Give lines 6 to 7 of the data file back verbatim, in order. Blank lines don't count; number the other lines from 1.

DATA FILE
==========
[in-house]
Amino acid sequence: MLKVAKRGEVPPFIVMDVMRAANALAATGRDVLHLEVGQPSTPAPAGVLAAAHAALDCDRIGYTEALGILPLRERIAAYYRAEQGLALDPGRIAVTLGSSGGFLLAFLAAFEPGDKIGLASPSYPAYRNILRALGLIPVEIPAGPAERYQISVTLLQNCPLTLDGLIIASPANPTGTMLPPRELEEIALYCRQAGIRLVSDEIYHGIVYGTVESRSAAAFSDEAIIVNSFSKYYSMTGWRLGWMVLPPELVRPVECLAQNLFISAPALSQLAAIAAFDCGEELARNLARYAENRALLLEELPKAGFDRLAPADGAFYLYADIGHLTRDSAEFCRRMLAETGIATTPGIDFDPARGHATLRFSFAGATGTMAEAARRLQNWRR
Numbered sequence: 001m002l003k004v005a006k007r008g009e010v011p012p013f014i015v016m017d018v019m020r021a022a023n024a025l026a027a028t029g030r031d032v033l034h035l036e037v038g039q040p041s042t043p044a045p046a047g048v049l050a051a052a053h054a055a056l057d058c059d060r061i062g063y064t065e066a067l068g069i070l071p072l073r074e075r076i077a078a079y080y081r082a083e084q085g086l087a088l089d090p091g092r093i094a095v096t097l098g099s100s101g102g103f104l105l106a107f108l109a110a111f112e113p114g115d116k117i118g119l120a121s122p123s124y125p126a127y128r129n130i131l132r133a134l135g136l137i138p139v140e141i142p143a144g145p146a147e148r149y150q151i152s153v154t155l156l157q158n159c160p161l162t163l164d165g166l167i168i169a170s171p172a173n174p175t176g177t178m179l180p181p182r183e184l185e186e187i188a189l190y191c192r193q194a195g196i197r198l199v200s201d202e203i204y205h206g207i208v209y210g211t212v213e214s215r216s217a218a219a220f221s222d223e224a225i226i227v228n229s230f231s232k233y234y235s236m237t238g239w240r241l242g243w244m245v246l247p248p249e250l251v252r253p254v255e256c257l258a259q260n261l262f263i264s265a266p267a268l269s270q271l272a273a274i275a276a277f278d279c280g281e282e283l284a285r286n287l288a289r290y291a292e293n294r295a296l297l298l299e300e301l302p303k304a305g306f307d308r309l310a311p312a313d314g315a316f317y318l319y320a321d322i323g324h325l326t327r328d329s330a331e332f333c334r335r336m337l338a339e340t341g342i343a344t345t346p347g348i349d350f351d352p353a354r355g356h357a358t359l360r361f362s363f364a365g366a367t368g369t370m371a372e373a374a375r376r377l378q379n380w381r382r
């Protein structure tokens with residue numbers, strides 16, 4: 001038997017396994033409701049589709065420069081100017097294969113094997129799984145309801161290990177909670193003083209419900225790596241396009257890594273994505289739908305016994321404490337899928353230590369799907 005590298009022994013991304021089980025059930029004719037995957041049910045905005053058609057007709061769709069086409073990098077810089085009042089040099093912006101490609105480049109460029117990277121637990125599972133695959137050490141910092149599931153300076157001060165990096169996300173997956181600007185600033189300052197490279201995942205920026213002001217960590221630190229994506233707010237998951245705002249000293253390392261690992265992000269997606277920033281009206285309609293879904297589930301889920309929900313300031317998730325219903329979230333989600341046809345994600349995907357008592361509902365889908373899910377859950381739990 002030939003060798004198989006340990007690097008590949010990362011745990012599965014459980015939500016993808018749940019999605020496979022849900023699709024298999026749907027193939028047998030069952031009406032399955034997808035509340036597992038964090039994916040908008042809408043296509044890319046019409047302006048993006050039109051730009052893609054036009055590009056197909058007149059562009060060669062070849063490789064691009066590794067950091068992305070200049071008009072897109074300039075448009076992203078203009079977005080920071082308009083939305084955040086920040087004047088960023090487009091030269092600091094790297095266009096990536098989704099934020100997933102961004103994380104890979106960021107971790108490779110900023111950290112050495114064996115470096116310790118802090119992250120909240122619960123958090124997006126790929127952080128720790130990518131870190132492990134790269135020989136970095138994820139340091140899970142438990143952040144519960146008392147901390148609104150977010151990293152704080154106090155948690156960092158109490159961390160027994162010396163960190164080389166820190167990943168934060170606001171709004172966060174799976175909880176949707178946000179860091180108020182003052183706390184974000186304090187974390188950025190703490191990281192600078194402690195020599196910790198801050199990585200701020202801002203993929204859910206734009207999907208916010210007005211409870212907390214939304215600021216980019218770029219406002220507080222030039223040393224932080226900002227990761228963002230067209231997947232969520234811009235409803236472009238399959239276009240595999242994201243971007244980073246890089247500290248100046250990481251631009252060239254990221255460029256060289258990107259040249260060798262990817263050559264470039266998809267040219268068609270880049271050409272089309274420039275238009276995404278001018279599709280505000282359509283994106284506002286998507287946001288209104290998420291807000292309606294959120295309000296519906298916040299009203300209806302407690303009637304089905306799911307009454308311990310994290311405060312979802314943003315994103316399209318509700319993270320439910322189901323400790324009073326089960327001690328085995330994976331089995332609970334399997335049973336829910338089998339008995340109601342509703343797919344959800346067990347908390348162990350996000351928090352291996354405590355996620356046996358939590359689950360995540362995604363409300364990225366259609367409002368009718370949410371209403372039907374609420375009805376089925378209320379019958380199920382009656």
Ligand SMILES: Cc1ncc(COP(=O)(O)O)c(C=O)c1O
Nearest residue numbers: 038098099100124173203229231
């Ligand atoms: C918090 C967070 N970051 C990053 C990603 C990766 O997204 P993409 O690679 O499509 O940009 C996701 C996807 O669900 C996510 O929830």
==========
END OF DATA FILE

Nearest residue numbers: 038098099100124173203229231
């Ligand atoms: C918090 C967070 N970051 C990053 C990603 C990766 O997204 P993409 O690679 O499509 O940009 C996701 C996807 O669900 C996510 O929830």